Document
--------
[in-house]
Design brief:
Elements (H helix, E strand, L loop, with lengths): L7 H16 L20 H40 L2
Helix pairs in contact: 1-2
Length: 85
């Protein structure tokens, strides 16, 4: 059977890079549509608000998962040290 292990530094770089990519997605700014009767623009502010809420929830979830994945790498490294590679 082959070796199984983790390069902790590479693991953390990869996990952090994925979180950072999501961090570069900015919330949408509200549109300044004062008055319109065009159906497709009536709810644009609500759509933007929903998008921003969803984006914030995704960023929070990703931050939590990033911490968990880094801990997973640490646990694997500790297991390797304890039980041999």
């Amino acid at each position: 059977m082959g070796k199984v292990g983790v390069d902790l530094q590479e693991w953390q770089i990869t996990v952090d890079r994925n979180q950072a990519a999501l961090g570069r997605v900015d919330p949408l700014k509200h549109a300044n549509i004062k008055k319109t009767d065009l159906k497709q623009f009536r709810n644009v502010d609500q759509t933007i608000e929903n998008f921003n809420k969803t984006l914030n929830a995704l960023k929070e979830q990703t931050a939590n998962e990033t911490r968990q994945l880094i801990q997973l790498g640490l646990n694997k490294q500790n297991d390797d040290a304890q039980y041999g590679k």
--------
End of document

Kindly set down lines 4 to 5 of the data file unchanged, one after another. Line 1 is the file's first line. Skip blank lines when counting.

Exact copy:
Helix pairs in contact: 1-2
Length: 85